Memory loss can fall into two categories. It can either be short-term or long-term memory loss. Short-term memory loss, no matter how it is caused or brought on, includes memories that stem from the area of the brain that handles working memory. It is generally coined as anterograde amnesia. Short-term memory typically includes, perhaps, what one ate for lunch that day, the recollection of a work meeting, or acquisition of new physical skills.
Short-term memory loss occurs when there has been damage to the hippocampus (the part of the brain that controls memory recollection) or nerves of the brain, either by swelling or a traumatic event and injury. Short-term memory loss can also be a body’s way of emotionally detaching from a serious, life-changing event. For example, anterograde amnesia can occur after a car accident, rape, or death of a loved one. When someone begins to lose their short-term memory, it can be either sudden or progressive. If someone you know is suffering from the symptoms of short-term memory loss, it is highly recommended that medical attention be sought to prevent long-term damage to the brain, or to diagnose a larger issue.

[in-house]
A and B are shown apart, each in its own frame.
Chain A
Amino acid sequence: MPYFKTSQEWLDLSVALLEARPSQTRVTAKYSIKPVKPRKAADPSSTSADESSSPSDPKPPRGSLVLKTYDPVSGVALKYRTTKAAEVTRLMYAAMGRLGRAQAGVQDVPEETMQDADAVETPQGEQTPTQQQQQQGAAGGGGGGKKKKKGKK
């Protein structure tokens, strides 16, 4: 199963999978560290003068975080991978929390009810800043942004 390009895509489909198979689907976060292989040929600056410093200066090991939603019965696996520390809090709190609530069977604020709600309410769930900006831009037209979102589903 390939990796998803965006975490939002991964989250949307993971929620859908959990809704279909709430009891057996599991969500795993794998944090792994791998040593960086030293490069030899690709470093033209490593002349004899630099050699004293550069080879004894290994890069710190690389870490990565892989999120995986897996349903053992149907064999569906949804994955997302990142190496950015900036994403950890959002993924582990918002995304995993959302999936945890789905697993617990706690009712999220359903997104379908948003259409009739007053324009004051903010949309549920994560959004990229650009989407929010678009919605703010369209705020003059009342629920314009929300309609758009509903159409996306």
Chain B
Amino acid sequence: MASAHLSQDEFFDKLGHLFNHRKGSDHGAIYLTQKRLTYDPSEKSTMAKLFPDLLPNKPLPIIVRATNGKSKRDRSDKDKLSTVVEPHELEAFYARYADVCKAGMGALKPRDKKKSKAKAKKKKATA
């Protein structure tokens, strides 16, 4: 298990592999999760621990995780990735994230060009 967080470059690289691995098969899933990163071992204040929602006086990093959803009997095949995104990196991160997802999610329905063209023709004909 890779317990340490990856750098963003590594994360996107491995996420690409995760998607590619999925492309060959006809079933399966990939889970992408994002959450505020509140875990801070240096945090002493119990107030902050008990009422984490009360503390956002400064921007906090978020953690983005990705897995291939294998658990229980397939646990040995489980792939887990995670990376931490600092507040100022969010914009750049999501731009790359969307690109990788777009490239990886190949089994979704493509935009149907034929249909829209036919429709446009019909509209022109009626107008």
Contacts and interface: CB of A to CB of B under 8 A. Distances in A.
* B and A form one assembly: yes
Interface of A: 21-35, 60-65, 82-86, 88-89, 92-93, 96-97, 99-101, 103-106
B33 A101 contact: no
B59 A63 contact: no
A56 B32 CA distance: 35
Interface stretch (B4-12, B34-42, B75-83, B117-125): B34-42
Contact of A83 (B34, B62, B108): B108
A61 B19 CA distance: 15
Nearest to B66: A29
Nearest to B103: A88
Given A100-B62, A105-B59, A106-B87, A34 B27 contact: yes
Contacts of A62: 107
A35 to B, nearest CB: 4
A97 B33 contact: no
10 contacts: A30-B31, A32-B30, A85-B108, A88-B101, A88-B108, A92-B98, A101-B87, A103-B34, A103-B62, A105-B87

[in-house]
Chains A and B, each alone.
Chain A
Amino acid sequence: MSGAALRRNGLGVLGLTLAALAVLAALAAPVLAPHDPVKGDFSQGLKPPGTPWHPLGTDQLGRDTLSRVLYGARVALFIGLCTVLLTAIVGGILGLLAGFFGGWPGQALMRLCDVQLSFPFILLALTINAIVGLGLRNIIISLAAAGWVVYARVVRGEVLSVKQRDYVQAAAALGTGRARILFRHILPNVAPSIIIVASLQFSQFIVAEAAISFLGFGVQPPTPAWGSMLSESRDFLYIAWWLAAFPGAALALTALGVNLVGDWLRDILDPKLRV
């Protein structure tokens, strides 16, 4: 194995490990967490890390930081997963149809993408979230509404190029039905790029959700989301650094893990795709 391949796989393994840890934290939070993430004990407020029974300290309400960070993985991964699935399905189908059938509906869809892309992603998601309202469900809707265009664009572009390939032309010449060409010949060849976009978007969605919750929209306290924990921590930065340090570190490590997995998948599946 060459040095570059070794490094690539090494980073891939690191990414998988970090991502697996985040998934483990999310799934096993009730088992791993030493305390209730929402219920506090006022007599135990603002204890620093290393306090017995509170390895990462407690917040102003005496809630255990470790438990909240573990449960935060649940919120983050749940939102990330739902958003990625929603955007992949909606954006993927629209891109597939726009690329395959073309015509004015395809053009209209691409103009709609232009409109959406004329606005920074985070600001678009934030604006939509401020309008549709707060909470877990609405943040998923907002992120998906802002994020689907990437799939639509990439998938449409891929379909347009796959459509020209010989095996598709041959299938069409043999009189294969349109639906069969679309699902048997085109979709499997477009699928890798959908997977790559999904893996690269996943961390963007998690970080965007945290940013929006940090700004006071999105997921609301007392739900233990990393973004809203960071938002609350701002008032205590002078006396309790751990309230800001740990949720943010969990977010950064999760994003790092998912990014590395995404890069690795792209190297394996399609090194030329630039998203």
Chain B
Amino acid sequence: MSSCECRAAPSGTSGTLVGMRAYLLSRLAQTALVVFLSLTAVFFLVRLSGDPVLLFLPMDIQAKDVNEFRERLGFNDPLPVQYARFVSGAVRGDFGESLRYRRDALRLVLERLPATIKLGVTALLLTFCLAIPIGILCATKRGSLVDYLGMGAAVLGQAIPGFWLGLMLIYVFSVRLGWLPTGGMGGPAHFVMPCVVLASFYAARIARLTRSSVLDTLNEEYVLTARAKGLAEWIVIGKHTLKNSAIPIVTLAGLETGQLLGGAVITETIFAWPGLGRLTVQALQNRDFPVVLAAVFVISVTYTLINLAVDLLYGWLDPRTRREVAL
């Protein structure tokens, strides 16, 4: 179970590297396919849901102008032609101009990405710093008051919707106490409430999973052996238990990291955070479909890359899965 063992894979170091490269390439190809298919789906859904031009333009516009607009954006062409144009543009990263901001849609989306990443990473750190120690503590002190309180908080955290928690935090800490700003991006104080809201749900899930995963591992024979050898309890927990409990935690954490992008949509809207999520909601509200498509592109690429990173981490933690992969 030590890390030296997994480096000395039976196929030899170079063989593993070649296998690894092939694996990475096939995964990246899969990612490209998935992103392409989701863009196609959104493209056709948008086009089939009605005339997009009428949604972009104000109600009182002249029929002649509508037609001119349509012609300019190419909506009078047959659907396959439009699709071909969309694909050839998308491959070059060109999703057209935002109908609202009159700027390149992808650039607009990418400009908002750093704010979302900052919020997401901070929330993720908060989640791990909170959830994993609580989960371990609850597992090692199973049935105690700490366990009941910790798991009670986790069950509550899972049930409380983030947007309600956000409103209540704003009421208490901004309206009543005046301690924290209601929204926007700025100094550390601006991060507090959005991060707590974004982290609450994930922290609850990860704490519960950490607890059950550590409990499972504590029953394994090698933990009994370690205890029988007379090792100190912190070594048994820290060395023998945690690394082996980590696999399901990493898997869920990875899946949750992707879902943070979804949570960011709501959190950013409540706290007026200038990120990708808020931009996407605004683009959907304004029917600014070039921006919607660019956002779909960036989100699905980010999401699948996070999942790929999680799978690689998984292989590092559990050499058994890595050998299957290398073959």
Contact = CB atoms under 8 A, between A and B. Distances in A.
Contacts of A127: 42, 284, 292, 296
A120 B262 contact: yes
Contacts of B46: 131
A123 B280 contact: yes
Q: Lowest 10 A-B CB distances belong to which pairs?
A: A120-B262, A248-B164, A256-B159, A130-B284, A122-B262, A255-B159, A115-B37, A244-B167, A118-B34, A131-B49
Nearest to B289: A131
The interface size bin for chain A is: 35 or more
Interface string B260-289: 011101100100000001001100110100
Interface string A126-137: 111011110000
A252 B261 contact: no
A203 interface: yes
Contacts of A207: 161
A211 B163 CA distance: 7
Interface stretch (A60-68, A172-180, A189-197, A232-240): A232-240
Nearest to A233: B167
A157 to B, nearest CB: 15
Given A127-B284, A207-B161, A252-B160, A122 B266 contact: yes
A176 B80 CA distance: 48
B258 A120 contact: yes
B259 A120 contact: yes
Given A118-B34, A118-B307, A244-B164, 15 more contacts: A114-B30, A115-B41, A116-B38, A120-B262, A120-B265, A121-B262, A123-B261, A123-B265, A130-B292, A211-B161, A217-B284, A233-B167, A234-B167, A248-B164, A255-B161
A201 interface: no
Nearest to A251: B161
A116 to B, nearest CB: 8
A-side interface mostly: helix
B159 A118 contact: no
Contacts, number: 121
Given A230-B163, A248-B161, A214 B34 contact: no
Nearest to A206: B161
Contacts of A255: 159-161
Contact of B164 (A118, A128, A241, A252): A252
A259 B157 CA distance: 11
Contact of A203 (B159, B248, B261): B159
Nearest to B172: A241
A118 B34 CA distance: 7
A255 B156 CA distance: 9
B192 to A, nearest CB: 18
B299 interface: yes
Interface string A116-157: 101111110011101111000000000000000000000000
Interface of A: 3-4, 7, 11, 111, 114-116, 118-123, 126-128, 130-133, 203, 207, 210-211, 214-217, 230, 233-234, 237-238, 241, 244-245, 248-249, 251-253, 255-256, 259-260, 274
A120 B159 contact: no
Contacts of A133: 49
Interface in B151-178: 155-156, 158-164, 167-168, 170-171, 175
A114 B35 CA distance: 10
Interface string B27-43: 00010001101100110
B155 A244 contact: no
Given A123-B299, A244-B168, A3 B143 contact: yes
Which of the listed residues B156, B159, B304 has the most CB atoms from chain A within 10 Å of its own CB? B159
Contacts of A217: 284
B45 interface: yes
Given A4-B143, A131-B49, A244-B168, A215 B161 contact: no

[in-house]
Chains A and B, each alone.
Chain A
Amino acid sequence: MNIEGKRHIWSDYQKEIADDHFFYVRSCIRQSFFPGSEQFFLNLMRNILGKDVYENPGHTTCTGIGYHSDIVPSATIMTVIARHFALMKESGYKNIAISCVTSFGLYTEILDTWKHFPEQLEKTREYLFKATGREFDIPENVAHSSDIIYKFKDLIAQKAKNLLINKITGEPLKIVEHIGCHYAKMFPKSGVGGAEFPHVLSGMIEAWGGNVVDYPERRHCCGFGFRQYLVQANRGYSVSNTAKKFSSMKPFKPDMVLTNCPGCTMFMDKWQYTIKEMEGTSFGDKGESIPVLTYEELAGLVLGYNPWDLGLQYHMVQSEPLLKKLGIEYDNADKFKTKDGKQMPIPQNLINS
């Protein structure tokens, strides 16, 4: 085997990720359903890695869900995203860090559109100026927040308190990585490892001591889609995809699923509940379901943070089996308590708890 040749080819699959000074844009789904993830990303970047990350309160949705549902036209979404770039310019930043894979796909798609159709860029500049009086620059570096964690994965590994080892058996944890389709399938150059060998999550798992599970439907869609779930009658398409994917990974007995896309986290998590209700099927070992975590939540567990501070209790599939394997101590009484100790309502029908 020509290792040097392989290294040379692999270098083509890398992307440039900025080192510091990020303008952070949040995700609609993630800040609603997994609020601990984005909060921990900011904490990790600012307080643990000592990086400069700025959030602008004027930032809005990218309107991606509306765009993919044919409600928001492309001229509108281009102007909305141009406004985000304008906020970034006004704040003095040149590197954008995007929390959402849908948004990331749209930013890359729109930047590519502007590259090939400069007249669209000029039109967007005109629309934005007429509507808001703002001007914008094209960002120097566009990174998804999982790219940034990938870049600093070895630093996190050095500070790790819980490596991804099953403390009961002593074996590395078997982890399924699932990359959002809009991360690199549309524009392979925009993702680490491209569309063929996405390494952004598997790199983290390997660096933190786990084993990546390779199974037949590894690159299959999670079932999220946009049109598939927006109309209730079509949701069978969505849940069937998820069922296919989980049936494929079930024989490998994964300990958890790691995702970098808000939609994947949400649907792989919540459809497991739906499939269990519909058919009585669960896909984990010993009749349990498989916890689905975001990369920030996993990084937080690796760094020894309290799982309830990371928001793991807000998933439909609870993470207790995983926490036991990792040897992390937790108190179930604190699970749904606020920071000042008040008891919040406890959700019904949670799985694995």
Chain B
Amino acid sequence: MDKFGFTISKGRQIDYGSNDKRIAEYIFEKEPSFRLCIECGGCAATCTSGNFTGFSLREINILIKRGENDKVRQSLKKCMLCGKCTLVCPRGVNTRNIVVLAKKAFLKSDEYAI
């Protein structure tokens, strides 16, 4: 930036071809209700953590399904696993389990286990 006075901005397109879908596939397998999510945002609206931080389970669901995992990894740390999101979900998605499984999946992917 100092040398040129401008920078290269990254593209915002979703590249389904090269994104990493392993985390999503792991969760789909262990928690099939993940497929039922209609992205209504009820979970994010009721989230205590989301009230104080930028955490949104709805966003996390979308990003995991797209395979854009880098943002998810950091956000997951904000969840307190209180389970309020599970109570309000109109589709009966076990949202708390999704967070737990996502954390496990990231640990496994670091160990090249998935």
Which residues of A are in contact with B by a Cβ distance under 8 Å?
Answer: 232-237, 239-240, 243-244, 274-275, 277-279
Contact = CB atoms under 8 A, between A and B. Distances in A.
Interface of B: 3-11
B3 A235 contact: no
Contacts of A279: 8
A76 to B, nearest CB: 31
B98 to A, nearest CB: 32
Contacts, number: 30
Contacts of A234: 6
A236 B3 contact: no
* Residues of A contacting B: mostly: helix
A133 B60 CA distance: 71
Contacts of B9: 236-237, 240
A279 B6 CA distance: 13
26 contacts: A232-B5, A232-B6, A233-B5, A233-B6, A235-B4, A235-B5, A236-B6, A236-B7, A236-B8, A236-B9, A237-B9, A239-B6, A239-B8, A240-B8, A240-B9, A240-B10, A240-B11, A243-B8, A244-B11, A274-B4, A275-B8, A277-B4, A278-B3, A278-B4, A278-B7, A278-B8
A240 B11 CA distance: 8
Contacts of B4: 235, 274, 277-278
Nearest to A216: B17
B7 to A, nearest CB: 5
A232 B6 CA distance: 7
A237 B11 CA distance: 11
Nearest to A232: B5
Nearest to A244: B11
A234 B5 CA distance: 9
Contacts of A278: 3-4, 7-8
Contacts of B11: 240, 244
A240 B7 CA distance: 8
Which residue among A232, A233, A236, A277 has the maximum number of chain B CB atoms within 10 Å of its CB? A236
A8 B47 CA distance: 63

Short-term memory loss may appear at first as simple forgetfulness–you can’t recall what you had for breakfast, or you forgot the new person’s name at work. But when it becomes a daily occurrence, that is need for concern, and one should definitely bring the issue to their doctor’s attention. Short-term memory loss, especially memory loss that is more permanent and progressive, is nothing to be taken lightly.